At least two fans were expelled from the Headingley match after clashes between Pakistani and Afghan fans on the stands. Actual physical collisions to such an extent are unheard of at the stands in today's ICC events. There were more intense clashes between fans outside the stadium before the start of the match and after the violence – after the expulsion.
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About an hour in the match, clashes broke out between the two groups of fans at the Carnegie stand. The security staff had to intervene and some of the fans had to be evicted from the stadium. The collisions outside the stadium were much uglier with steel barricades used as a weapon. As the melee continued outside the stadium, journalists were also attacked trying to capture the scenes.
A handful of them were thrown out of the stadium by security guards, many of them rushing to the stadium, jumping down the wall, taking seats without tickets. Terrible scenes! Anti-sportswomen of Afghan fans. Disappointing. https://t.co/XKftrpLqDh
̵1; Faizan Lakhani (@faizanlakhani) June 29, 2019
In the event of an incident, prior to the start of the match, several fans were seen entering the premises illegally, jumping across the border wall. It can not be ascertained whether the illegal entrance – and thus the rewriting of the stands – has caused the clashes. Witnesses from both sides accused the verbal provocation of the other group of fans.
We are aware of some collisions amongst a few fans, and we are currently working with the local security team and local police, the West Yorkshire police, to provide there. "We do not approve of this type of behavior and will take appropriate action against any antisocial a behavior that spoils the pleasure of the majority of fans. "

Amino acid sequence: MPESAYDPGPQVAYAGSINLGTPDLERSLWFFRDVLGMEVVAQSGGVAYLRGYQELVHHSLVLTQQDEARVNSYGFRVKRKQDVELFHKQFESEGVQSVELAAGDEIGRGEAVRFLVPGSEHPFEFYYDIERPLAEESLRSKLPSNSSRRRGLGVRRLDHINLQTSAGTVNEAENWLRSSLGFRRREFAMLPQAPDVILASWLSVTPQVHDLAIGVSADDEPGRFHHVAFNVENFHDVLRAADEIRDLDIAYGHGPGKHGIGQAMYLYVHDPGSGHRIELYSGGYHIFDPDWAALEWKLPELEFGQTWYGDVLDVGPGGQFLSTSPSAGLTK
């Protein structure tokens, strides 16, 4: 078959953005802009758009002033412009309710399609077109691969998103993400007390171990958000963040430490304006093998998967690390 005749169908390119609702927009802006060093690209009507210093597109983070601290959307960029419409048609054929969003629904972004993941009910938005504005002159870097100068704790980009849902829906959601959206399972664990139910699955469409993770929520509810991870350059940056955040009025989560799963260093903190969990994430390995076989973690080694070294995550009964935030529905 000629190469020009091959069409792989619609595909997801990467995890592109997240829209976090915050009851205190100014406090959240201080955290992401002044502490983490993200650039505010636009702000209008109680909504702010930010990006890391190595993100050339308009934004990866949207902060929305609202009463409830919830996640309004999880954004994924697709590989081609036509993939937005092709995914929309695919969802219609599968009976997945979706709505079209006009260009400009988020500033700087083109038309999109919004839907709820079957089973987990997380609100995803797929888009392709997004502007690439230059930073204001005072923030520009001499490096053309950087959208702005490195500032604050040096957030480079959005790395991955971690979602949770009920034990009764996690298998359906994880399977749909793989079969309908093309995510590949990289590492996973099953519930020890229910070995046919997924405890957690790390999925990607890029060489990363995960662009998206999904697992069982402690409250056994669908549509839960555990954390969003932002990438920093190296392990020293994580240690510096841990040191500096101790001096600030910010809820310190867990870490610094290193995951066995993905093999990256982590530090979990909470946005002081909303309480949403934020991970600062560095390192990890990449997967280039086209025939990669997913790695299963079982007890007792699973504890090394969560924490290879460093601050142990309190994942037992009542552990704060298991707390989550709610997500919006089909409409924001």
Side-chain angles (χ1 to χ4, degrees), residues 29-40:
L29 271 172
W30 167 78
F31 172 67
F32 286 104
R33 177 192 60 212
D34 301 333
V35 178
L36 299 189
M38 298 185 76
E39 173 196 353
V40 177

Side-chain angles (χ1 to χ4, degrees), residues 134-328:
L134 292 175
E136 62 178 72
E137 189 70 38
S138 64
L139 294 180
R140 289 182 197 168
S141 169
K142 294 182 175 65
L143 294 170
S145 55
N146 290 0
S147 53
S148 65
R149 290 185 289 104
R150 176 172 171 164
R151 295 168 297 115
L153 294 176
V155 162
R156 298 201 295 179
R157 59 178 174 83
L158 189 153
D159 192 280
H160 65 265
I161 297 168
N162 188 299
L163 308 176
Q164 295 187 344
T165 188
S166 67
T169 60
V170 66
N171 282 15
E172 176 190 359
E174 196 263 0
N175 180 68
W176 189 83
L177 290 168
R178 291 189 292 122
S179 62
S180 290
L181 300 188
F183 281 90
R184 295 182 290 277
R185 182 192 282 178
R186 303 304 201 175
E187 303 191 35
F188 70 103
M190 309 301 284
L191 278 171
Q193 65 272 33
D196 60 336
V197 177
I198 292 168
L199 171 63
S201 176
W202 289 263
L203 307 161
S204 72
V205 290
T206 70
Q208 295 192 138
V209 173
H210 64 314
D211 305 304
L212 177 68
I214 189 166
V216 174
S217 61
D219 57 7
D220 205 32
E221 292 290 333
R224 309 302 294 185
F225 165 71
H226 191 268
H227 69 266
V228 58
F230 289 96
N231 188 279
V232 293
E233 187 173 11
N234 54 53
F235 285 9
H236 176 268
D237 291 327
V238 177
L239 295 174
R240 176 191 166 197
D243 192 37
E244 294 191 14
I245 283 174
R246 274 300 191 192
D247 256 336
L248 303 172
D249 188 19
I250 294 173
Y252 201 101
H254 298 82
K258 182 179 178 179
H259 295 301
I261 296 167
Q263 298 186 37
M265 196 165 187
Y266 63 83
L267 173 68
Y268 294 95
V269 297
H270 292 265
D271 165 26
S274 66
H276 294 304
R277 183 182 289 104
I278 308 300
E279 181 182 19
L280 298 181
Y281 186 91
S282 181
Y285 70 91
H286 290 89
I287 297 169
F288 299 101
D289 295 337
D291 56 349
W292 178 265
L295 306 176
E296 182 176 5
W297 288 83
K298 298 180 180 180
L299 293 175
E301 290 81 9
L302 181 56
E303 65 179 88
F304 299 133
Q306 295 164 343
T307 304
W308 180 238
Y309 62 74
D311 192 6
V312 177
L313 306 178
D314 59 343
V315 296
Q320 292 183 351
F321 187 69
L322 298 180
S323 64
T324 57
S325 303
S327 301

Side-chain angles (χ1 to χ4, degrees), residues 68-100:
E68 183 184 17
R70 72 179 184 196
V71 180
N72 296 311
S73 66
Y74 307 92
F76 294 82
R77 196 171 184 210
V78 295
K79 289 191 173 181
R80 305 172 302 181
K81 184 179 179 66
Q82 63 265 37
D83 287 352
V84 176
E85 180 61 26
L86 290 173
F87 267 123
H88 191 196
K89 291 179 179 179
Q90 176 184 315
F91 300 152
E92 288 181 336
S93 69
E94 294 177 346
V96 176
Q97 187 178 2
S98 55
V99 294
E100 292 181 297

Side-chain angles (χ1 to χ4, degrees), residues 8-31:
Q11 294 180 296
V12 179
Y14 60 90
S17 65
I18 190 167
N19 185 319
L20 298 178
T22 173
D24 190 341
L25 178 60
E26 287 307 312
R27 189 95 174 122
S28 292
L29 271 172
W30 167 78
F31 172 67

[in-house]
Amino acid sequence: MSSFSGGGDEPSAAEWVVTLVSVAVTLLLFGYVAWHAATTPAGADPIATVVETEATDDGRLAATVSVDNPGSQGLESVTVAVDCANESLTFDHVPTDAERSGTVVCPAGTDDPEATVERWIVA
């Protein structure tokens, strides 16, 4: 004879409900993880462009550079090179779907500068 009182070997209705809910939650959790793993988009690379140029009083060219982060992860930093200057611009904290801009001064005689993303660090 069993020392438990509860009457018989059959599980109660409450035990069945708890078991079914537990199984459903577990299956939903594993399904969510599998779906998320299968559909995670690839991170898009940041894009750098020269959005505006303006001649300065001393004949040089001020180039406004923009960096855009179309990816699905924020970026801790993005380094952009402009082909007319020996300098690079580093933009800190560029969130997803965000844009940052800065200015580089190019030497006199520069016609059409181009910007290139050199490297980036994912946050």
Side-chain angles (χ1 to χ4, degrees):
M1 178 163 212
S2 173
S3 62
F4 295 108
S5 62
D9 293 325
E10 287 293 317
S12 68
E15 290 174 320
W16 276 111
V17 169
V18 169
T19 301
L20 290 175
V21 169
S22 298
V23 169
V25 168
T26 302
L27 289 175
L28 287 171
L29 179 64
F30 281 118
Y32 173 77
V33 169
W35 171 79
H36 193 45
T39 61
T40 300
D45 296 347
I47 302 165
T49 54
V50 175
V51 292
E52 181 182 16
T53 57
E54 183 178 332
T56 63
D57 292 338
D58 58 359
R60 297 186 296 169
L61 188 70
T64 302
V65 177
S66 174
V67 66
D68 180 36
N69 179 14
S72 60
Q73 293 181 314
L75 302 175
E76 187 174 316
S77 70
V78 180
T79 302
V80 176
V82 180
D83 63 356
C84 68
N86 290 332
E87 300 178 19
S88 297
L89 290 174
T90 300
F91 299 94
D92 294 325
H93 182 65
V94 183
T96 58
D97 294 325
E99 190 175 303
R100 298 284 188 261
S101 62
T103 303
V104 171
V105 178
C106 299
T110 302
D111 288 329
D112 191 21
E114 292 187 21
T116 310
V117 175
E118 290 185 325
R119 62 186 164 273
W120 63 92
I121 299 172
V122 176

t between Kabul and Islamabad, both sides are separated by a porous border – the Duran line, which was formed in 1893 between Afghanistan and British India. Refugees and drugs and terror and US influence cross this border freely about 40 years ago Cross-border movements are now much more difficult.
These tensions are even more pronounced in cricket because Afghanistan has learned their crisis in Pakistan, but now we have to help India help the BCCI to provide the national team with accepted land and help them with the infrastructure.
Before the game, Afghan captain Gjelbadin Nibb was asked if geopolitical tensions sneak into a cricket course. On the contrary, he said he hopes the cricket will help build relations. "Yes, if you look, we learned a lot about cricket, Pakistan, we played cricket in Pakistan," said Naib. "And we also hope for cricket, sport is one thing, so you can maintain good relations for everyone as in any other country, so I hope that not only Pakistan, like India, Sri Lanka, the other countries, we
"We want more matches to build our cricket or to build our cricket, and I hope that … Pakistan is our neighbor country, so it's really good for us to play a lot of cricket with them. So, Inshael – and also when you play together a lot of cricket, that's good for the country's relationship. And, Inshaellah, we hope that by the next years we will play a lot of cricket with them. "